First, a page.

Hot off the press: retracted study linking autism to MMR vaccination now declared an “elaborate fraud”.

One of the most controversial health-related subjects of the last 15 years has been the alleged connection between the MMR vaccine and autism.

It all started back in 1998, when Dr. Andrew Wakefield published a study linking autism with MMR in the Lancet.  The results of this study have not been successfully replicated and many official bodies, including the CDC and the NHS , have been vocal about the inexistence of scientific evidence in support of such connection. A trend has, nevertheless, started with parents refusing to let their children be vaccinated against MMR,  causing vaccination compliance rates to drop and the corresponding diseases to outbreak.

If you have clicked the above link to the Lancet study (and if you have been following the latest news) you already know that this study has now been retracted and Andrew Wakefiled (who has no longer the right to practice medicine in the UK) has been accused for fraud, data manipulation and conflicts of interest by the BMJ, after a thorough investigation. For the full story, please click here.

What do you think about these recent developments? Will such strong allegations against the original study make a difference to current anti-MMR vaccination trends or will the fear of a possible causal relationship prevail? How could Public Health professionals deal with such issues?

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7 Responses

  1. Glew says:

    It always amazes me how the profession (medical and/or public health) seems to consistently fail to effectively and timely clear up wild rumours around vaccination. 15 years ago there was MMR and autism; now we have influenza vaccines and … well almost everything: hidden microchip implants, toxins, severe anaphylactic reactions and what not.
    Why, I ask, is communication such a hard task when it comes to health issues. All the good managers are taken by Coca-Cola and Lady Gaga?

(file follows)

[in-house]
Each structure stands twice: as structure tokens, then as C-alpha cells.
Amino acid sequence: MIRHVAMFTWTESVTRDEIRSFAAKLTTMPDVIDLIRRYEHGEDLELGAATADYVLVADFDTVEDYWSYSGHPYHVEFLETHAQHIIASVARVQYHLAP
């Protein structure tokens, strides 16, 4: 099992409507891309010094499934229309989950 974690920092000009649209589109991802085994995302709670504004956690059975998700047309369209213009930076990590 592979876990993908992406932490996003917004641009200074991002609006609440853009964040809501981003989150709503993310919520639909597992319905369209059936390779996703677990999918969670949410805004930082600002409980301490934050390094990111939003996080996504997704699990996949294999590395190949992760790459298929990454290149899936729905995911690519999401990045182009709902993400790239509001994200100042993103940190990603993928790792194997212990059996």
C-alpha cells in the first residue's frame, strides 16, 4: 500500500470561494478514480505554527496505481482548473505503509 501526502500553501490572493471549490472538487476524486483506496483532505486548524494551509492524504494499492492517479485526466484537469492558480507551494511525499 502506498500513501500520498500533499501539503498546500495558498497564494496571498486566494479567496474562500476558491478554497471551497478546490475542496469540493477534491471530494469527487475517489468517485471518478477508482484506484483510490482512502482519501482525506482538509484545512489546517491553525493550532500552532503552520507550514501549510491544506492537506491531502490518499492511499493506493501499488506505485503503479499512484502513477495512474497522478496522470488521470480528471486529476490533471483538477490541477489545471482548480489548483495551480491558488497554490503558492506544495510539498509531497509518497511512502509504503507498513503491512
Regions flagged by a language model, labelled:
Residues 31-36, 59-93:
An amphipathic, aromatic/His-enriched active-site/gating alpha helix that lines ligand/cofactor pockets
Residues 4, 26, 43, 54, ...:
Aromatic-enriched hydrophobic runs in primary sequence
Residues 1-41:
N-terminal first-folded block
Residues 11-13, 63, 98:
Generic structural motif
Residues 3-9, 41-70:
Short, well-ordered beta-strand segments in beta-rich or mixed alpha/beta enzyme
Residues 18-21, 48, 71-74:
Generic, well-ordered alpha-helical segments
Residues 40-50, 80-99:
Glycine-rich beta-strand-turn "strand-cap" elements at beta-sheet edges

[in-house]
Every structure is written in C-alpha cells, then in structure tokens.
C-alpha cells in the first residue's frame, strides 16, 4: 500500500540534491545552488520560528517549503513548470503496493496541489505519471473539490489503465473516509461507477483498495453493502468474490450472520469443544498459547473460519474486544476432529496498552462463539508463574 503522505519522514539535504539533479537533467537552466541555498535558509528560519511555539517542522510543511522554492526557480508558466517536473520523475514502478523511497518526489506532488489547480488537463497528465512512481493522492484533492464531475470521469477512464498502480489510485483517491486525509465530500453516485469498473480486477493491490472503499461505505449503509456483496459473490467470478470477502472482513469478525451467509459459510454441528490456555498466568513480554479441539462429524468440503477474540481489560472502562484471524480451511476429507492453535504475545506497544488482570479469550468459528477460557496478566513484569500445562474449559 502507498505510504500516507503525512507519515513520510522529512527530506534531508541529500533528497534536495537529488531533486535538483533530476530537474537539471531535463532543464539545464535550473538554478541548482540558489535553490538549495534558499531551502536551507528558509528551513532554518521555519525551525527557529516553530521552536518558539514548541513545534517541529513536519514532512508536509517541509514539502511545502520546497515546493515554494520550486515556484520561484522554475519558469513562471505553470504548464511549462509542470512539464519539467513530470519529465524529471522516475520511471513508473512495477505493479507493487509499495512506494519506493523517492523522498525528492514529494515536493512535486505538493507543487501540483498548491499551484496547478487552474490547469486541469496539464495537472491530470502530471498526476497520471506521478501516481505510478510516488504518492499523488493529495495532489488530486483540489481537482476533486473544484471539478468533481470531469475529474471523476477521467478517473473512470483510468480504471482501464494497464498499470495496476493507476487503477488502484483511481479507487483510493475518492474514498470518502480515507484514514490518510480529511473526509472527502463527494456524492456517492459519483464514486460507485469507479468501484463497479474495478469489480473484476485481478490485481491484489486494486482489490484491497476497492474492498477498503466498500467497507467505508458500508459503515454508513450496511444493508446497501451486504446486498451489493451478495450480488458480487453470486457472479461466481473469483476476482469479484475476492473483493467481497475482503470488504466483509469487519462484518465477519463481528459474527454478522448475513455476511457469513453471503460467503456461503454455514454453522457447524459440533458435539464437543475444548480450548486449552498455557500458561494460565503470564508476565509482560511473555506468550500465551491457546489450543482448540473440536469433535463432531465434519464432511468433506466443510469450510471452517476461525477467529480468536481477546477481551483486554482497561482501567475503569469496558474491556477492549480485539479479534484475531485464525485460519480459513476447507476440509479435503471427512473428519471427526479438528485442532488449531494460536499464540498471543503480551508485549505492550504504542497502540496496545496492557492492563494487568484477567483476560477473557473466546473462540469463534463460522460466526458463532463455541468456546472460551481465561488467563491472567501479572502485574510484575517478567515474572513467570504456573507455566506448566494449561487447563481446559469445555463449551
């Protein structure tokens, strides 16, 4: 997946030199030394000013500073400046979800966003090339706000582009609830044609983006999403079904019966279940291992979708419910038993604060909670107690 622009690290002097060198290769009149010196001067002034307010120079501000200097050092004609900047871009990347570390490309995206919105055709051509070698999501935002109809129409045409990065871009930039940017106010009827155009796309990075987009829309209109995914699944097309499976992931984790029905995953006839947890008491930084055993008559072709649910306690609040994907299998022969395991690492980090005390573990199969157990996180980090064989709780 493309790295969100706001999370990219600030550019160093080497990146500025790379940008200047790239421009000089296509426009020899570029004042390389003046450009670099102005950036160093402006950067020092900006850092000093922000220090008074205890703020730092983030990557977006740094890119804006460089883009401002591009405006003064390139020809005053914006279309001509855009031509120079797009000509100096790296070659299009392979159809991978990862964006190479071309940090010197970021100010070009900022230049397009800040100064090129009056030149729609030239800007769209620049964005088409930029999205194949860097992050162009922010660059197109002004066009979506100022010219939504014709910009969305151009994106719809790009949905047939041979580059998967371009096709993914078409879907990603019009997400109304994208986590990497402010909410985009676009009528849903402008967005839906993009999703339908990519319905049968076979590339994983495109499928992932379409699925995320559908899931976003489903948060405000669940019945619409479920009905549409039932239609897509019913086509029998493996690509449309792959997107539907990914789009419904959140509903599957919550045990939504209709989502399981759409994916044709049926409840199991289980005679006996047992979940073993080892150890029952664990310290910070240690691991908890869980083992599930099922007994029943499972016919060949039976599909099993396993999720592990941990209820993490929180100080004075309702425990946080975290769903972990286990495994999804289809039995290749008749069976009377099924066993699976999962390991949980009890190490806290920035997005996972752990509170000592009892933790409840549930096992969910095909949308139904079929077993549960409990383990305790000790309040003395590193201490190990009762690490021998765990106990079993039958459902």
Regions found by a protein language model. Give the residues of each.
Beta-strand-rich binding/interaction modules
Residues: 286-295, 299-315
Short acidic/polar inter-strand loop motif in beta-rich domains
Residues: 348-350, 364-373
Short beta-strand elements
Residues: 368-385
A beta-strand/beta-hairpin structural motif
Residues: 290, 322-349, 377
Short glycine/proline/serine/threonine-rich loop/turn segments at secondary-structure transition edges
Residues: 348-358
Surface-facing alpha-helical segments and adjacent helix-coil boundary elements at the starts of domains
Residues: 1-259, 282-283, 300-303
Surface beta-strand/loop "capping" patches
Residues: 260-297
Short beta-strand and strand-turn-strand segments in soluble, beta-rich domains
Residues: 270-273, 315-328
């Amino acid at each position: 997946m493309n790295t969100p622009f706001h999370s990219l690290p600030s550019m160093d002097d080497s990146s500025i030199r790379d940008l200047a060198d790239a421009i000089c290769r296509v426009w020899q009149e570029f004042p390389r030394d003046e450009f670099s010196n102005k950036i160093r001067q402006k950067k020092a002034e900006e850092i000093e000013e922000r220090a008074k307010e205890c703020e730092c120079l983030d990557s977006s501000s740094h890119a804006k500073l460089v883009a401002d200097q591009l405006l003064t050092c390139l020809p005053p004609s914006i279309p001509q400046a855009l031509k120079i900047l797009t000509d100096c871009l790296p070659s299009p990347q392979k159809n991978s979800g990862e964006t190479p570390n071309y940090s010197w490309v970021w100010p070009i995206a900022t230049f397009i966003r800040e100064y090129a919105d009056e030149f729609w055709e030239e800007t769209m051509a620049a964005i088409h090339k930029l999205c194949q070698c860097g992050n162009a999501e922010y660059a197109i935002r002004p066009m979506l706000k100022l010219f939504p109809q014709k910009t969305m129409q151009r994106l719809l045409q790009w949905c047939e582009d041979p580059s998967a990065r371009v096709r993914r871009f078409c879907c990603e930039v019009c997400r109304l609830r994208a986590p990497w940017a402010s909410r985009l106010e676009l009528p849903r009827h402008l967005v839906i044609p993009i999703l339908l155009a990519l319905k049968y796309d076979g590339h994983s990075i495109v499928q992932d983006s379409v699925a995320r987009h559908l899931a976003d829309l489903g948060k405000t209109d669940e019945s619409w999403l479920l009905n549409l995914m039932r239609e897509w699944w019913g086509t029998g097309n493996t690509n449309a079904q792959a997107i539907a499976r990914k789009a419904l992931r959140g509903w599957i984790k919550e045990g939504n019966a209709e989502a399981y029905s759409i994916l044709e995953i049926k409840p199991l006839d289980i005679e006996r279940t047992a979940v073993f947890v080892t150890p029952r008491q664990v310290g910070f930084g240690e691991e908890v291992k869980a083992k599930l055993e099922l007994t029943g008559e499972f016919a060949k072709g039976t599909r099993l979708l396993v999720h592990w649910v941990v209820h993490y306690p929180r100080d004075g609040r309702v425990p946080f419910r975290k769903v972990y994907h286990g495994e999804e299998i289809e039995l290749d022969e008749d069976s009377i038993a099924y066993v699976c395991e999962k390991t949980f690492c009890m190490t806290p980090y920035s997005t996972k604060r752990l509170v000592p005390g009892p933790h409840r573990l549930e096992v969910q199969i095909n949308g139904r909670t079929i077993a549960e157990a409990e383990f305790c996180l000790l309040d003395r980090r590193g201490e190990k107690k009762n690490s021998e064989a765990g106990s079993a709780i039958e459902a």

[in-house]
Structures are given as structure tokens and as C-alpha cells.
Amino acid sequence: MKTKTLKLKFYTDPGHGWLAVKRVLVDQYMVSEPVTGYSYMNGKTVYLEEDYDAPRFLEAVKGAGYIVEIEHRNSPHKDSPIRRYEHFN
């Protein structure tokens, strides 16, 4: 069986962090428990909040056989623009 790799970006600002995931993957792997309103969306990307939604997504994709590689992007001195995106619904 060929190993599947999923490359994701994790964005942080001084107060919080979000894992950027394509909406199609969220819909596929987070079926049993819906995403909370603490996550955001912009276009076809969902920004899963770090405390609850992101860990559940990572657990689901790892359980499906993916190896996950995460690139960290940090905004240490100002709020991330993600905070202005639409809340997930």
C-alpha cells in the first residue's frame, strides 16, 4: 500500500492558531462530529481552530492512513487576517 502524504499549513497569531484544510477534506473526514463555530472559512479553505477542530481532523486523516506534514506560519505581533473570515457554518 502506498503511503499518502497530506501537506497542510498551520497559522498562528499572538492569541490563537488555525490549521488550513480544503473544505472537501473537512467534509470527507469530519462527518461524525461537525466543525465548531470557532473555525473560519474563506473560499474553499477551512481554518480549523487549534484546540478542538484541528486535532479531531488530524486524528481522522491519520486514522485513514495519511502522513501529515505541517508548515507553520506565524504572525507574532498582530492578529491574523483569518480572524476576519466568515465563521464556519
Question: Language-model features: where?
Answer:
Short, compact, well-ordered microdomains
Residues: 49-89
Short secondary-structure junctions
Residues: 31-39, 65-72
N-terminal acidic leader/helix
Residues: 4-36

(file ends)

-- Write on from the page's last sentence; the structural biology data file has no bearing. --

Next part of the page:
2. thomy tonia says:

    Hi Glew, thank you for your comment!
    In my opinion there are different aspects to the problem:
    a) researchers sometimes fail to accurately or clearly report their results (with the tolerance of some reviewers and journals)
    b) these results and the extent of their effect might not be immediately comprehensible to everyone reading it
    c) media being “interested” in reporting unusual/scary/… news. How boring would it be to hear on prime time news that the influenza vaccine actually works…
    d)(as you mention) health researchers and/or professionals not being quick/efficient/keen enough to act appropriately against such rumors.

    add to that many people’s (kind of) inherent relactance/ suspicion of having chemicals inserted in their body (as it is true that anything could have side effects) plus their need to find someone to blame for various misfortunes and you have the perfect recipe for a “difficult to clear up rumour”. traditionally served with a side dish of horror stories and a garniture of exaggeration.

  3. Glew says:

    I think you have a valid point there. Then the next question could be: where can we “intervene”? Point “c” and especially “d” comes to my mind.
    And when I look back at the last two years’ scandal around the ‘hini’ vaccines I am reinforced in my opinion, that communication with the ‘Public’ must be done prudentially and professionally. I don’t know how it went in other countries, but here in Hungary it (H1N1 vaccination communication) was very sad. It was virtually made into a political brabble when it was not a political matter whatsoever. It was (is) a health matter, within the competencies of health professionals and not that of politicians.

    [By the way: I’m a Public Health Bsc student]

  4. thomy tonia says:

    thank you for your thoughts. one of the interests of this blog is also to see how the same PH issues are dealt with around the world; so your input is interesting.
    feel free to share the link to the blog with your fellow students, we welcome more opinions and thoughts on that and any matter! 🙂

  5. Glew says:

    I am convinced that all my fellow students have the link. There was a message sent out to all of us through my university’s electronic interface. However I’m afraid that many of them would not be interested, or might not be able to find the time… But maybe I’m wrong and they will eventually turn up.

  6. Excellent post! We will be linking to this great post on our site.
    Keep up the good writing.

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